The last two editions of the Pegasus World Cup (G1) had showcased superstar winners on their way to the breeding shed, but Mucho Gusto will stick around for awhile and point for an even richer prize next month after dominating Saturday’s $3 million renewal at Gulfstream Park.
Worth $16 million two years ago and $9 million in 2019, the World Cup purse was trimmed again this year and was run as a Lasix-free event. There was even more drama in the days leading up to the nine-furlong showcase as both Omaha Beach and Spun to Run, pegged as the top two favorites on the morning line, were both scratched.
Irad Ortiz Jr., honored Thursday evening as the 2019 Eclipse Award-winning jockey, presciently chose to ride Mucho Gusto in the World Cup even before the defection of Spun to Run, who he’d been riding recently. Mucho Gusto, meanwhile, was recently sold by Michael Lund Petersen to Prince Faisal bin Khaled in advance of the inaugural $20 million Saudi Cup in Riyadh on Feb. 29.
The investment is already producing serious dividends. Mucho Gusto, the 3-1 second choice in the field of 10, broke alertly from post 8 and settled into a comfortable stalking position inside and behind pace-setter Mr Freeze, who set splits of :23.77, :47.78, and 1:11.84. Racing alongside 5-2 favorite Higher Power into the far turn, Mucho Gusto soon left that rival behind and commenced a menacing three-wide bid outside Mr Freeze and Bodexpress.
Those rivals were already under a drive when Mucho Gusto breezed blew past approaching the quarter pole, and the 4-year-old son of Mucho Macho Man proceeded to open up the field to win stylishly by four lengths in a time of 1:48.85 over a fast track.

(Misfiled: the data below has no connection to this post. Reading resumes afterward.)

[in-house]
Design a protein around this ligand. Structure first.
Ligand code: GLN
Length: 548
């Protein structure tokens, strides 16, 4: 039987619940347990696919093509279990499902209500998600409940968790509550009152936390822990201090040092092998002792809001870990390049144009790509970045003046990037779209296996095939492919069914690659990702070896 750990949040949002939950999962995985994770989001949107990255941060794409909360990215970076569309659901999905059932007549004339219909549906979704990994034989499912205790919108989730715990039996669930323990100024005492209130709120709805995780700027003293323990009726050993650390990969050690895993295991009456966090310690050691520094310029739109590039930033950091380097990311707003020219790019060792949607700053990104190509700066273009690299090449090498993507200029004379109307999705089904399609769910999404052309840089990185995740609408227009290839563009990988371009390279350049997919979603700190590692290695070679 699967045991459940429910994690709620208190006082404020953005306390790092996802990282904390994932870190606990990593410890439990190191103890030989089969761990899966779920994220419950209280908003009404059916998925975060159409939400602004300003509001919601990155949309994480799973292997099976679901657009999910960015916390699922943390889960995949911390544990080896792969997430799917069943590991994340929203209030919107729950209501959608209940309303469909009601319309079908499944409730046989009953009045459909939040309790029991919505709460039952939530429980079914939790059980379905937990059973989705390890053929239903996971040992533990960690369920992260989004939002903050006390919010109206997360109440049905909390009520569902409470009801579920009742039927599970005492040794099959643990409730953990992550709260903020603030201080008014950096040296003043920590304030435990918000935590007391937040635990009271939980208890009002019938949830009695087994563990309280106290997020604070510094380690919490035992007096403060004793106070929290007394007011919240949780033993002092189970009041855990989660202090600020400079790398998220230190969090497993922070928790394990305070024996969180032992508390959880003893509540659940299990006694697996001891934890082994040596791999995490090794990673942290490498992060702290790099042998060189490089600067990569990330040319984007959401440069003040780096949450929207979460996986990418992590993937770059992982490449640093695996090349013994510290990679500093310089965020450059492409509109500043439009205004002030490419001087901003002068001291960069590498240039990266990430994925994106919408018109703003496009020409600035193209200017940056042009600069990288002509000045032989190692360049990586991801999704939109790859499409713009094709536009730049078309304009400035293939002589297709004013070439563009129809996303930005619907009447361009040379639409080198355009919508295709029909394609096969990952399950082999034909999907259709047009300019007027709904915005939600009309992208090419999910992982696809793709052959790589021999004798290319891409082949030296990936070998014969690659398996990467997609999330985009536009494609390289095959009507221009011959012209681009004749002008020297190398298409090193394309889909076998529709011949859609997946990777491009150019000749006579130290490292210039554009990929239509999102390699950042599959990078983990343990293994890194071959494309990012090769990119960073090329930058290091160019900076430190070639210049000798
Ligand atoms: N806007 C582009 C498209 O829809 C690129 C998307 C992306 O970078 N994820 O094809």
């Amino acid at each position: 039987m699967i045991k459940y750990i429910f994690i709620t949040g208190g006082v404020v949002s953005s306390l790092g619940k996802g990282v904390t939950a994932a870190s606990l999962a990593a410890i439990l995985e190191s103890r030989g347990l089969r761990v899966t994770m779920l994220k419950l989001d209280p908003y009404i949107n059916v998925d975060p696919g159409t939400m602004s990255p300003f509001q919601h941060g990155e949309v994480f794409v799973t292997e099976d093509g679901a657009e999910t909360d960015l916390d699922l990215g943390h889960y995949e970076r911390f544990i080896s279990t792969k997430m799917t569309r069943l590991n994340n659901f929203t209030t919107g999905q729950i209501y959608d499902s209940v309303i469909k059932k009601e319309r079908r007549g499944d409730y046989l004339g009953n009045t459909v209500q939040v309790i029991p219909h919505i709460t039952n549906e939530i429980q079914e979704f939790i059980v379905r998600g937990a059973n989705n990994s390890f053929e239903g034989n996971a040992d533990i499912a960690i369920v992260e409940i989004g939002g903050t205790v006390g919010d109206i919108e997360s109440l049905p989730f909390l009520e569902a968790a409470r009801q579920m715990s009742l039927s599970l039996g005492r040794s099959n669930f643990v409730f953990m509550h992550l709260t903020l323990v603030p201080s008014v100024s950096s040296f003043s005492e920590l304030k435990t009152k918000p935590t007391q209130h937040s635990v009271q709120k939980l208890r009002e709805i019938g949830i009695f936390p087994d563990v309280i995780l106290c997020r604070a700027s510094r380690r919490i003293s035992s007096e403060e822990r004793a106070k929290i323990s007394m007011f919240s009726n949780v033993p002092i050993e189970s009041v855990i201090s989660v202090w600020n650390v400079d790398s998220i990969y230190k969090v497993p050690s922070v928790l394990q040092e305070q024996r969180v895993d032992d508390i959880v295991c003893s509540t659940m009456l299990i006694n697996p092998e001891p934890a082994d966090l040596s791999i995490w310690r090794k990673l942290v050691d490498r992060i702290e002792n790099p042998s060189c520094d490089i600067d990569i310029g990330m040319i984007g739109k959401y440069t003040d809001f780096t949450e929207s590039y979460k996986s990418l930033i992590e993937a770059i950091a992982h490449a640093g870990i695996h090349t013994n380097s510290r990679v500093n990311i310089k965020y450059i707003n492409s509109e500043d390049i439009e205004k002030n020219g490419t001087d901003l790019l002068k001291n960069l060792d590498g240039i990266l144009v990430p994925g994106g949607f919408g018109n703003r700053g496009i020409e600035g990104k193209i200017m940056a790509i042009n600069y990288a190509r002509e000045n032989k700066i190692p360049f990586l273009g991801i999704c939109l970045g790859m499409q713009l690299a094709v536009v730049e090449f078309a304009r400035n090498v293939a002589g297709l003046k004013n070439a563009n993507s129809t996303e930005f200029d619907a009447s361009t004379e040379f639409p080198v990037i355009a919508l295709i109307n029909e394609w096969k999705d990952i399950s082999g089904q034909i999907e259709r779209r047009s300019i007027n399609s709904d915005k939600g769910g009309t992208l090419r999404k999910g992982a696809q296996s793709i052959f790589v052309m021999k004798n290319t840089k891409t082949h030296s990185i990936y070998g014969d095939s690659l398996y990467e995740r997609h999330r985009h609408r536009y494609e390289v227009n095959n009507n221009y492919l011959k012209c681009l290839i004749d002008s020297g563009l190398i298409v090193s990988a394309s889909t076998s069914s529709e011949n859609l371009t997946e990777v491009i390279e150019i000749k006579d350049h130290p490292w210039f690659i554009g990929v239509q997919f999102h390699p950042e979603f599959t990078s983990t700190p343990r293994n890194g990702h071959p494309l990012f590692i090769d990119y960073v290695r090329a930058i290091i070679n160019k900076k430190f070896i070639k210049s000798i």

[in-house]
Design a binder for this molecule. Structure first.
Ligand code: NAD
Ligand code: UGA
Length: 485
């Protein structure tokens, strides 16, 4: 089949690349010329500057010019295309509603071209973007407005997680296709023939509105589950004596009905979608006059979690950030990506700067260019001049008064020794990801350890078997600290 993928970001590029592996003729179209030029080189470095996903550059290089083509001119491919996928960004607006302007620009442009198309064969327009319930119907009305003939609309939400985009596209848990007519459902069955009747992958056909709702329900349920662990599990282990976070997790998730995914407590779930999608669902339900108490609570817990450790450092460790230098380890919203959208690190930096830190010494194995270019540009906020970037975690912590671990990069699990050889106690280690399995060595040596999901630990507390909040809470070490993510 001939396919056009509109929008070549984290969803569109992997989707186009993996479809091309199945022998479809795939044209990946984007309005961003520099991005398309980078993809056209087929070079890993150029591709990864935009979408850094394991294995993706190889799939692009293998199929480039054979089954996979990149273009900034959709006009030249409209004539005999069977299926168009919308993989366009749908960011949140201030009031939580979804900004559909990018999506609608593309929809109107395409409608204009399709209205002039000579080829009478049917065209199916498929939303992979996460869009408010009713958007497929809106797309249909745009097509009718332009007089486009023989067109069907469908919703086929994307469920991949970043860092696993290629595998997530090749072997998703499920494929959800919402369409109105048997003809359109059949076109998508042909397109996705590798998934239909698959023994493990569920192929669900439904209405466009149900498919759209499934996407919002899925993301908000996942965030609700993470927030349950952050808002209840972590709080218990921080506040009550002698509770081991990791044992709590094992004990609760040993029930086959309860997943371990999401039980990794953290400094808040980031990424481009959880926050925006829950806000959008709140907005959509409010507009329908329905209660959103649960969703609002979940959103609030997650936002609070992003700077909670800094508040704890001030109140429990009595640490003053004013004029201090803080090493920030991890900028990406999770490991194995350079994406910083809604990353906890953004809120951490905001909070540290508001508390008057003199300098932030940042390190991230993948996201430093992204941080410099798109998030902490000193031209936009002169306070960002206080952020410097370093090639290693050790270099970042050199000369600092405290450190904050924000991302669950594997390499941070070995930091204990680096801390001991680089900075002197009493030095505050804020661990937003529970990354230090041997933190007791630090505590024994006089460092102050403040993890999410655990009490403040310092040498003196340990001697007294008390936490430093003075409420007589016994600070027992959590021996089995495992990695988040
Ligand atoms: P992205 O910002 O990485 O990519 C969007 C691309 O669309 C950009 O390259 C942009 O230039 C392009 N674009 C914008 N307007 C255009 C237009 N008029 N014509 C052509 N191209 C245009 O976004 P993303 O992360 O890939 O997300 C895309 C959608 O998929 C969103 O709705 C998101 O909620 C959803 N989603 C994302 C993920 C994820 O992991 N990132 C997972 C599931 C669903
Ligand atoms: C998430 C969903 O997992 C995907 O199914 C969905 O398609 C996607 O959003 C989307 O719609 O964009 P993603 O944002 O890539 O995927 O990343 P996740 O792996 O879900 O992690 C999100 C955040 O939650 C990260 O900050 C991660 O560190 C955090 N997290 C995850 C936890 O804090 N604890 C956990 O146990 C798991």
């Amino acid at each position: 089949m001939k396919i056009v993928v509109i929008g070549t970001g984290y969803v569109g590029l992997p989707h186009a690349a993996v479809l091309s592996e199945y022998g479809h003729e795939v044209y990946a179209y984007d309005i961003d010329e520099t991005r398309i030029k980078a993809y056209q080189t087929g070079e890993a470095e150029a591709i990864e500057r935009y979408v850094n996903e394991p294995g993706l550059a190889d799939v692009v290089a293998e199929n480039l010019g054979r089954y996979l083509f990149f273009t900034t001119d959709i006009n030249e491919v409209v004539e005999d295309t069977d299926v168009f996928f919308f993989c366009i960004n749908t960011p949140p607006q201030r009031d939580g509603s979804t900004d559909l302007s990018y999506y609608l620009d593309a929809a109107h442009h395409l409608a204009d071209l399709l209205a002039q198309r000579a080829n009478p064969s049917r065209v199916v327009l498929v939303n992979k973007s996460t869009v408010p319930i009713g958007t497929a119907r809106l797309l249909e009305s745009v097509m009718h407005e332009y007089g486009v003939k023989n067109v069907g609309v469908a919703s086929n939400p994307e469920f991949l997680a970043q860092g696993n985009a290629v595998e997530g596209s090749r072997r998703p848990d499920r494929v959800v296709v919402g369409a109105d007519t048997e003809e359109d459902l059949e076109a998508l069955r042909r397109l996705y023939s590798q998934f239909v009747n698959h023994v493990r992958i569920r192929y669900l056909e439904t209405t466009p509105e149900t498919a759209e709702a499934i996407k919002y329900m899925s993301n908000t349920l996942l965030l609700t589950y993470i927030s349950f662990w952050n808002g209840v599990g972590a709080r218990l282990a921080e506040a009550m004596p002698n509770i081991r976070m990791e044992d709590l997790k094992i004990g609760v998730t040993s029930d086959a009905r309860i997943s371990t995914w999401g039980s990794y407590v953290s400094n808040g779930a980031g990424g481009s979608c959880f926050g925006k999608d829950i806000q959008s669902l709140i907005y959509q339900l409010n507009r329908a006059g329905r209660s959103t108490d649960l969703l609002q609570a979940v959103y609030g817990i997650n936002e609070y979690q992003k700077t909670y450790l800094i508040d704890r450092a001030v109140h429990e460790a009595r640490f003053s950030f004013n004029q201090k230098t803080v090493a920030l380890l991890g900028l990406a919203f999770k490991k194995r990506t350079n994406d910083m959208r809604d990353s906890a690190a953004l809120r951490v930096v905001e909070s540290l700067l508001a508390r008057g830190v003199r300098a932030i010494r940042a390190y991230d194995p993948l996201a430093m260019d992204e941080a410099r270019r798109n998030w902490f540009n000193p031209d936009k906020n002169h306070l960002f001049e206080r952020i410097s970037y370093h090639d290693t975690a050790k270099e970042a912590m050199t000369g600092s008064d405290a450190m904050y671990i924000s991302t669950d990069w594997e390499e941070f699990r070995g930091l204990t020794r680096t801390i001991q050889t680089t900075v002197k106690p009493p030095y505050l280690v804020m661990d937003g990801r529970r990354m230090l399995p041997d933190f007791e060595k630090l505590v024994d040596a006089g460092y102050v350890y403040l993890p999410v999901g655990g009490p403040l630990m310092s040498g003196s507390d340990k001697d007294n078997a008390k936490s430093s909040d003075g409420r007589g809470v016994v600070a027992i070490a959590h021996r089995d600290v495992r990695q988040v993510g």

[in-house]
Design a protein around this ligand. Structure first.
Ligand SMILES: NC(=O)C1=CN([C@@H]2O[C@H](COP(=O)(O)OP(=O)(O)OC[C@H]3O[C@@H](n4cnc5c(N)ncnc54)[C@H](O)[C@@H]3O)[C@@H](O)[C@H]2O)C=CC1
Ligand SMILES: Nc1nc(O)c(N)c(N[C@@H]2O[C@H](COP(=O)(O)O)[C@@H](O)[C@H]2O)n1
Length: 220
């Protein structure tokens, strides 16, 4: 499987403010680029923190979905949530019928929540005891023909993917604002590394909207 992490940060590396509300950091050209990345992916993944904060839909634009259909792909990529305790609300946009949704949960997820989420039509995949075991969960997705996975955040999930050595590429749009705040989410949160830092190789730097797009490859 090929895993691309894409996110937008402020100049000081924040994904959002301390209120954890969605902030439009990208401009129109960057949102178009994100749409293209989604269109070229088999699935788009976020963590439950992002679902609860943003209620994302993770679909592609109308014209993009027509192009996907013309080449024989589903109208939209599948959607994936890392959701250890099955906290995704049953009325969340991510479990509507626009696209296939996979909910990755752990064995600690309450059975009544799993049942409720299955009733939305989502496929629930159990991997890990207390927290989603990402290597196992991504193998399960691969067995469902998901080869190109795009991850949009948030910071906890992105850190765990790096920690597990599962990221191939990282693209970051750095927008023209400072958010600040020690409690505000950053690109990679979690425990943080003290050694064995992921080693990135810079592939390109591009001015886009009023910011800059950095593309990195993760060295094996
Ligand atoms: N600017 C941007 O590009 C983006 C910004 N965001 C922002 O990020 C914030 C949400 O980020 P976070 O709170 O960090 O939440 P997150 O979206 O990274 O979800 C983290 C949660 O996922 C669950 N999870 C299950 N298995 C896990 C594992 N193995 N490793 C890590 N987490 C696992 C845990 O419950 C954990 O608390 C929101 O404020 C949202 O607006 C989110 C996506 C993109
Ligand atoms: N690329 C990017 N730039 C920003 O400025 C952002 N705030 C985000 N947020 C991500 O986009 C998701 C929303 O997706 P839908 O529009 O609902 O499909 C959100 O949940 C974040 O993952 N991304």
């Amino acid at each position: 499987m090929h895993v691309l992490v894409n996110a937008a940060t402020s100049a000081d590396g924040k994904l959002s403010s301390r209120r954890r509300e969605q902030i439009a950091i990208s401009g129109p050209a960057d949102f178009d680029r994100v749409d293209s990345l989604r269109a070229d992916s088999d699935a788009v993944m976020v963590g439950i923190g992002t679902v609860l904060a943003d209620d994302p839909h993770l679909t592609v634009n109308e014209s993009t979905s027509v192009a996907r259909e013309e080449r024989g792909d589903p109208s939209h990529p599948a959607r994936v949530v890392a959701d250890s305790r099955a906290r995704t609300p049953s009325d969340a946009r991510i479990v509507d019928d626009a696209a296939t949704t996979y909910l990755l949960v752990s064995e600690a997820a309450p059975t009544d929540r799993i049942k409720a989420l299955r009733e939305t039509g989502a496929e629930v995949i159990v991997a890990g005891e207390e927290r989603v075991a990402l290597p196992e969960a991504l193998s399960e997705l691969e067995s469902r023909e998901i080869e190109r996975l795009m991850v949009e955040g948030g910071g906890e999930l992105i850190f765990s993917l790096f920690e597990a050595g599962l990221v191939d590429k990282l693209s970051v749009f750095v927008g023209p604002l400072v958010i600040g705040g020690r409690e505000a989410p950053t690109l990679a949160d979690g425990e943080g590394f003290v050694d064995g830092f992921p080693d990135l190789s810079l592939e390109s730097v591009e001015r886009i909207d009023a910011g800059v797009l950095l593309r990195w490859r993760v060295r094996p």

Trained by Bob Baffert, who won the Pegasus in 2017 with Arrogate, Mucho Gusto paid $8.80. Mr Freeze held second over a late-rallying War Story, with Diamond Oops fourth. The order of finish was rounded out by Bodexpress, Tenfold, Seeking the Soul, True Timber, Tax, and Higher Power.
“You know what, the horse shipped really well and I wasn’t really planning on taking him there, but he worked really well the other day,” Baffert said by phone from California. “I was going to run in the San Pasqual (G2) next week but after he worked so well I thought, ‘You know what, I’m just going to take a shot at the mile-and-an-eighth and maybe that will get him ready.’ He didn’t get an invite to the Saudi Cup, so I thought maybe if he runs well enough he’ll get an invitation.
“Who would know that the race fell apart there, unfortunately. But he looked great in the warm-up; Irad Ortiz did a pretty masterful job. He had me a little bit worried the way he was down inside like that, but he knew what he was doing. When he tilted out at the quarter pole, all I could say was ‘Damn, I wish I would have flown down there!’ But it was pretty exciting.”
The World Cup was the fifth career stakes win for Mucho Gusto, who previously accounted for the 2018 Bob Hope (G3) and the 2019 Robert B. Lewis (G3), Laz Barrera Memorial (G3), and Affirmed (G3). After the Affirmed last June, Mucho Gusto ran second to Maximum Security in the Haskell Invitational (G1) and third to Code of Honor in the Travers (G1), but was a disappointing fourth as an odds-on favorite in the Oklahoma Derby (G3) in his most recent start on Sept. 29, though he was beaten only two lengths by Owendale.
Mucho Gusto, who also owns placings in the 2018 Los Alamitos Futurity (G1) and 2019 Sunland Derby (G3), has now bankrolled $2,579,800 from a line of 11-6-2-2.
Bred in Kentucky by Teneri Farm and Bernardo Alvarez Calderon, Mucho Gusto most recently sold at public auction for $625,000 at the Fasig-Tipton Midlantic May 2-year-old sale at Timonium. He was produced by Itsagiantcauseway, by Giant’s Causeway. This is also the family of Canadian Horse of the Year Peaks and Valleys, Pacific Classic (G1) winner and World Cup favorite Higher Power, and multiple Grade 2 scorer Alternation.